Wednesday, October 01, 2008

One (government) portal to rule them all...

Uganda has become the latest nation to announce that it is following a centralised government portal strategy, launching a statewide web portal managed by their Ministry of ICT.

This reflects the approach taken in many other nations, including Australia ( and to provide a central face to government online, to a greater or lessor degree.

Given the enthusiasm for this approach in the virtual world, are we likely to see a similar approach to government shopfronts, phone and paper-based transactions reflected at federal level over time?

We've certainly seen some state-based jurisdictions move to single shopfronts - at least in smaller jurisdictions.

However if this isn't the strategy in these channels, what is the rationale for providing different messages in different mediums?

Doesn't it weaken the argument for citizens to not need to know which agency they are dealing with?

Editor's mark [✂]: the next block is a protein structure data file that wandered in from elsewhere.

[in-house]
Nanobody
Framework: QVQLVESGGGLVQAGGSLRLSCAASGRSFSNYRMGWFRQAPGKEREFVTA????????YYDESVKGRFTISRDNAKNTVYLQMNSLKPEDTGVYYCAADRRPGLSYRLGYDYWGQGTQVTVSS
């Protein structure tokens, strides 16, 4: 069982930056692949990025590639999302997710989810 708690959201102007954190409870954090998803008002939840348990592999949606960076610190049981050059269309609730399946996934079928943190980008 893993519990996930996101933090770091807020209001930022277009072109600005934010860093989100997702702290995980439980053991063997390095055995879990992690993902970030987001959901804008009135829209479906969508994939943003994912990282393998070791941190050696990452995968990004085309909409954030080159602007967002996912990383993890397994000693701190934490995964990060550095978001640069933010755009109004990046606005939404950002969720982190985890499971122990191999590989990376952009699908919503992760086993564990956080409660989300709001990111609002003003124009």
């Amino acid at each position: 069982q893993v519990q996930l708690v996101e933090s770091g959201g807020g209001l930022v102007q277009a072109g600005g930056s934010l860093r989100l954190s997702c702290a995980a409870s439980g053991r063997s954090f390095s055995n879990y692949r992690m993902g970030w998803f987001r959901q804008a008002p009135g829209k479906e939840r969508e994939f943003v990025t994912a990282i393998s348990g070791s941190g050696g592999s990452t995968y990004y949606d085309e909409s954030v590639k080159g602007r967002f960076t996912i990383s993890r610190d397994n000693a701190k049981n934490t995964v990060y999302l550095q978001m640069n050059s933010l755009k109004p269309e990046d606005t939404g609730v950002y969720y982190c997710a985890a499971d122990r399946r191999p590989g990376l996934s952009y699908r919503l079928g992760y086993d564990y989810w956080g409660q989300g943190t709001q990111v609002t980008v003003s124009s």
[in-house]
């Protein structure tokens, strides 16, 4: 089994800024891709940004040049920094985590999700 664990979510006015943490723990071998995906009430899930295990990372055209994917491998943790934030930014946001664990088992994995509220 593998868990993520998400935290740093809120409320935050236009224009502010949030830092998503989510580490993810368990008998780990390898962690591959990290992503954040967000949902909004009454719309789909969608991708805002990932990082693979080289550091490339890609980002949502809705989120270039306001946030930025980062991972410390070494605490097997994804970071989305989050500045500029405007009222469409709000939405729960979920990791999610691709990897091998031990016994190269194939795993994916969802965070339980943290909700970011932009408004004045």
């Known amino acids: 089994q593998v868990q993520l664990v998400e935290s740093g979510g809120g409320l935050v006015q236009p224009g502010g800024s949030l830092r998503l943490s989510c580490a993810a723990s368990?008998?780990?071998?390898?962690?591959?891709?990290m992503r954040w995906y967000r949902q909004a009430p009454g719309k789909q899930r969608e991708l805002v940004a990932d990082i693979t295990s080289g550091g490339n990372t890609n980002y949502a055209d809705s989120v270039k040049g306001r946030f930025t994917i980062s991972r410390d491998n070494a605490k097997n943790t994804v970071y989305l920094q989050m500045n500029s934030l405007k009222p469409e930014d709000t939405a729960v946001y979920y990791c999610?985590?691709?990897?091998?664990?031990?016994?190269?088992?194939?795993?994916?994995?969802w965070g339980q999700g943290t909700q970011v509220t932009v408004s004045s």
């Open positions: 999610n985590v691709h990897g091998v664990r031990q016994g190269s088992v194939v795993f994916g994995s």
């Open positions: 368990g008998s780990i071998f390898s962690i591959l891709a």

• A single central port of call online
  • Department/Agency-based offices and paper correspondence
  • Service-based phone numbers

What's your view?


  1. Most governments portals are still operating as 'way-finders' ie you still get referred to the relevant agency to obtain the service. However, assuming transactions will gradually move closer to the customer and be delivered directly either via a portal or via 'any agency', it is inevitable that the offline channels will have to follow. Unfortunately most public sector organisations are still struggling with how to align their channels within the organisational boundary, never mind an all-of-govt approach so I think it will be a while away.

  2. And involve changes to the culture of the public service...

    The culture change will be a major challenge in turning the ship around.